Today we filed a comment with the United States Copyright Office on their study of the “Right of Making Available.” This proposed right, which would be an explicit addition to existing copyright law in the U.S., strongly restricts the ability to link to materials on the open web, reserving for copyright holders “communication to the public” of the existence of works on the internet. As the Copyright Office explains:
Two international treaties to which the United States is a party – the WIPO Copyright Treaty and the WIPO Performances and Phonograms Treaty (collectively, the “WIPO Internet Treaties”) – require member states to recognize the rights of making available and communication to the public in their national laws. The treaties obligate member states to give authors of works, producers of sound recordings, and performers whose performances are fixed in sound recordings the exclusive right to authorize the transmission of their works and sound recordings, including through interactive platforms such as the Internet, where the public can choose where and when to access them.
DPLA Legal Committee member Dave Hansen helped us draft a cogent response, an excerpt of which we reprint below. We hope you’ll agree that linking is an essential—perhaps the essential—element of the open web, and that we must work together to keep that option fully available to us all.
DPLA has strong reservations about the creation of a broad making available right because we believe such a right would inhibit free and open linking to works that should be legitimately made available online. The potential chilling effect that a making available right would have on the ability of organizations like DPLA and other libraries to deliver content in meaningful ways is great.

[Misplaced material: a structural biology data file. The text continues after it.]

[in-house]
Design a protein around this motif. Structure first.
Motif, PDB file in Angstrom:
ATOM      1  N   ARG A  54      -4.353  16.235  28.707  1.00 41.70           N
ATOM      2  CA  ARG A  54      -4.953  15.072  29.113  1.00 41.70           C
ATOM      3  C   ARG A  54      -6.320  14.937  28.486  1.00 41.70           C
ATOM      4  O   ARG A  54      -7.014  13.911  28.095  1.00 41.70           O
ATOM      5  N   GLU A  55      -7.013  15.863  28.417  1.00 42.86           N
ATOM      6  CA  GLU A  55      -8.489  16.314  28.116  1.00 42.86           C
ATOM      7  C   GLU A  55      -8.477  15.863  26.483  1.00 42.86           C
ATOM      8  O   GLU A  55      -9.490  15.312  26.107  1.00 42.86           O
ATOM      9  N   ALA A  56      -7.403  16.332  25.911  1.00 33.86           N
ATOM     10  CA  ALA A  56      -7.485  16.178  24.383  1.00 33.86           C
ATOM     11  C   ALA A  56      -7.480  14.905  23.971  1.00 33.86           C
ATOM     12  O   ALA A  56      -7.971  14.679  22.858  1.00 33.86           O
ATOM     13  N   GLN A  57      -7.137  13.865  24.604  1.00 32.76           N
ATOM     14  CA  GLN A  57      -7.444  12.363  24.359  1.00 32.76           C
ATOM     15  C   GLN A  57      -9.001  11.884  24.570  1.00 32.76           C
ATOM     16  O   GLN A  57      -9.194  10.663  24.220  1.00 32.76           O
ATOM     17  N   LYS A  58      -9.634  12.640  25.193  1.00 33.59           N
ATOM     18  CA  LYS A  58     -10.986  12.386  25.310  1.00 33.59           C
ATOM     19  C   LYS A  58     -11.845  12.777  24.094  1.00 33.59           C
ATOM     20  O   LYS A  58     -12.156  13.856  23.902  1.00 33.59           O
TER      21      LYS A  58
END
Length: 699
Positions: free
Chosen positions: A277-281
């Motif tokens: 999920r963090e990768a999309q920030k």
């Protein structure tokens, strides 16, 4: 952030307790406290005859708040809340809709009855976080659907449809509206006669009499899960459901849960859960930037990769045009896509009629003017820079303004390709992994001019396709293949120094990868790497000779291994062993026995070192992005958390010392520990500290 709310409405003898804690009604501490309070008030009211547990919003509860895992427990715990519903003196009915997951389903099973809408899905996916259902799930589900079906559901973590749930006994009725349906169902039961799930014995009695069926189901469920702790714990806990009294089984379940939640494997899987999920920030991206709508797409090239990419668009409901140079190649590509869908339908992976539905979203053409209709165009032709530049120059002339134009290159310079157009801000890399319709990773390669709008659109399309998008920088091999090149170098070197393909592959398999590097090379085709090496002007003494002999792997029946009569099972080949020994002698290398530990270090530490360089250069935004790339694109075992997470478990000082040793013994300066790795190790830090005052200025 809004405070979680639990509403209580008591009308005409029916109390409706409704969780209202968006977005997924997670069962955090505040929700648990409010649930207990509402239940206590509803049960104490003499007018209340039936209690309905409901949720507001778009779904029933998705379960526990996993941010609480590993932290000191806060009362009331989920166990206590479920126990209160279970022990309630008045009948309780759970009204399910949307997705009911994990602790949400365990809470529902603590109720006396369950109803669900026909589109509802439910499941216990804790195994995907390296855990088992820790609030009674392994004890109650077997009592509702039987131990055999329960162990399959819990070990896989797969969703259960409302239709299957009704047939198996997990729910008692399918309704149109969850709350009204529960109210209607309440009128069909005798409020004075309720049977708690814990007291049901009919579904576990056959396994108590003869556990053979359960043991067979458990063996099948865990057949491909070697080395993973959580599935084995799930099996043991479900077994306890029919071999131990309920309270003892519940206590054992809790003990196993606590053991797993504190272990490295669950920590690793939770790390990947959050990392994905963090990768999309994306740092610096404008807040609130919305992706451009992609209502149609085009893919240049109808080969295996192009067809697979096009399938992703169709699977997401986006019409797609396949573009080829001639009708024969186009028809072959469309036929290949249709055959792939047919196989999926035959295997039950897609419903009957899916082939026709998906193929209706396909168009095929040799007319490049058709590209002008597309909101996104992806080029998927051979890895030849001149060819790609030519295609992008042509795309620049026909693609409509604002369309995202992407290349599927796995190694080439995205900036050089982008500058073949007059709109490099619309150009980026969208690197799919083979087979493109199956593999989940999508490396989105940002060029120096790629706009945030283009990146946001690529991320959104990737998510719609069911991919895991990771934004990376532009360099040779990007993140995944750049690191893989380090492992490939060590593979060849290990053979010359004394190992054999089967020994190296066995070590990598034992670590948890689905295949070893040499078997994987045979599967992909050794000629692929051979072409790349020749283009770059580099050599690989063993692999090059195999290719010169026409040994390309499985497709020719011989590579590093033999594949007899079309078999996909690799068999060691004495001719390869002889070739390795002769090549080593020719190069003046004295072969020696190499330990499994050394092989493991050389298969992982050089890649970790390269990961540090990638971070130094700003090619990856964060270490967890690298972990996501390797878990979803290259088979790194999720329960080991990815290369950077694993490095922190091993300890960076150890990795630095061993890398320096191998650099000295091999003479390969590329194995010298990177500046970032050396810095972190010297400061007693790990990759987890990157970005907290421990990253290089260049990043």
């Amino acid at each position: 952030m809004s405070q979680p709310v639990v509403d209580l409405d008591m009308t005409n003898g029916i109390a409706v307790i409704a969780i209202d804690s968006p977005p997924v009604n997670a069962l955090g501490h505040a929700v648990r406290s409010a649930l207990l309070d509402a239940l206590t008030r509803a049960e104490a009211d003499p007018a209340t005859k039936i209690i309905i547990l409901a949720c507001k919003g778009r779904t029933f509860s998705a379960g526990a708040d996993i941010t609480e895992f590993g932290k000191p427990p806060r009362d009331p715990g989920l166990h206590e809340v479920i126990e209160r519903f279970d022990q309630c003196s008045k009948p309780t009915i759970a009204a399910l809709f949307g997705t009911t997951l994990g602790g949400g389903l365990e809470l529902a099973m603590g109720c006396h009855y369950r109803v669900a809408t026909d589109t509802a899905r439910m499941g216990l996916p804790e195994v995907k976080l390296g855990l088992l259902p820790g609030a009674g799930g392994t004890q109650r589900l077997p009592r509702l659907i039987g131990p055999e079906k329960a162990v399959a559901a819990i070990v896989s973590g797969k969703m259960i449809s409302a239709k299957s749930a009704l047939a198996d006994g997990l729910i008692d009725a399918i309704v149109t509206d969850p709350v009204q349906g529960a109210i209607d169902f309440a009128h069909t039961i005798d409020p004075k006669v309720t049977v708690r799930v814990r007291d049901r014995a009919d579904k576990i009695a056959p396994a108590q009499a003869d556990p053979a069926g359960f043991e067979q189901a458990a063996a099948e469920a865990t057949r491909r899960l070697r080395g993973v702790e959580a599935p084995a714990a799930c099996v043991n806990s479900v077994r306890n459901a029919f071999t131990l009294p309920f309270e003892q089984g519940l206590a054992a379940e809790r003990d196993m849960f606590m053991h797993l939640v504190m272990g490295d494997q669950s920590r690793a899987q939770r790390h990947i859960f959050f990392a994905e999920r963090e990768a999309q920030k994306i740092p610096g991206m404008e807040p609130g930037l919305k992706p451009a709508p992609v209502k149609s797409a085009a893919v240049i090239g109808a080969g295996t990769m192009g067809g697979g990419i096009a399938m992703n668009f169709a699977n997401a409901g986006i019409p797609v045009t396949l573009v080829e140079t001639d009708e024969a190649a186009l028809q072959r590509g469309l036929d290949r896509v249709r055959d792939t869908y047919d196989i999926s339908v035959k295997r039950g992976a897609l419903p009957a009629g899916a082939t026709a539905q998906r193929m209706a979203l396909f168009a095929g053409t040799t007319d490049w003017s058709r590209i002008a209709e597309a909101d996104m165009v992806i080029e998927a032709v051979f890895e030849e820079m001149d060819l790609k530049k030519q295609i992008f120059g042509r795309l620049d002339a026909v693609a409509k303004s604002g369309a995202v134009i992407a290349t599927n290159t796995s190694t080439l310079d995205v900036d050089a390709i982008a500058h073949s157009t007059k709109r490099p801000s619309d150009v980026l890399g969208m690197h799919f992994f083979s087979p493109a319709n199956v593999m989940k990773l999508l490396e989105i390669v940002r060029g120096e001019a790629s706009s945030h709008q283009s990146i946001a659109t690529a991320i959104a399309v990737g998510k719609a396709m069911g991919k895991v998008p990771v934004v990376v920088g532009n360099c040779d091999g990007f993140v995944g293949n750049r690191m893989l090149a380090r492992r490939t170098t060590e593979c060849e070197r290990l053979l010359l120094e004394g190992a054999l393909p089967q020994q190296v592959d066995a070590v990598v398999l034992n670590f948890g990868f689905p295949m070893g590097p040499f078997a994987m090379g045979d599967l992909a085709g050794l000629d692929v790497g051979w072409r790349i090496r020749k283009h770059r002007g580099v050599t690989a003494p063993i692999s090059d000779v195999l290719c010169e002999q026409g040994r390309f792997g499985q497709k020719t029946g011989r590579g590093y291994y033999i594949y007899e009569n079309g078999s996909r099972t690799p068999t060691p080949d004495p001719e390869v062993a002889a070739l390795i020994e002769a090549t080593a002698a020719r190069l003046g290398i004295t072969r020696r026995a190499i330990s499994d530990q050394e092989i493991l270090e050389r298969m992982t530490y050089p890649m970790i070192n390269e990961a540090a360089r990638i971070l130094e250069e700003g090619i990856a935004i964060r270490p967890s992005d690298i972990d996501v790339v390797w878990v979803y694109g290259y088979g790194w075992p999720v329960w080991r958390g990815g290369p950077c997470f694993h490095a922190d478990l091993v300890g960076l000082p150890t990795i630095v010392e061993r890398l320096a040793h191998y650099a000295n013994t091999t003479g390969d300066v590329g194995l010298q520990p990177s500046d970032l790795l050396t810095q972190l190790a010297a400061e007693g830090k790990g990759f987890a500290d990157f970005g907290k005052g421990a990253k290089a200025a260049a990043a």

Libraries have already digitized large numbers of works, but—as the Copyright Office is aware—have been faced with significant uncertainty about the copyright status of works in their collections. Some of those works are made available on the belief that they are in the public domain; others are made available pursuant to an assertion of fair use based on the facts and circumstances unique to the work and the collection of which it is a part. For a third-party organization such as DPLA that links to such content, it would be nearly impossible to adequately assess the copyright status of all of the works in linked library collections. But a broad making available right could impose liability on DPLA for linking to that content nonetheless. Such a right would stifle efforts to take the cultural treasures held by libraries, which are often constrained to the silos of an individual organization’s servers, and make them more accessible and usable for the world.
Because of these concerns, DPLA believes that a making available right would do more harm than good. Whatever the approach recommended by the Copyright Office, DPLA strongly urges the Office to take steps to preserve free and open linking. The ability to link unhindered is critically important for the continued development of initiatives like DPLA and for the World Wide Web as a whole.
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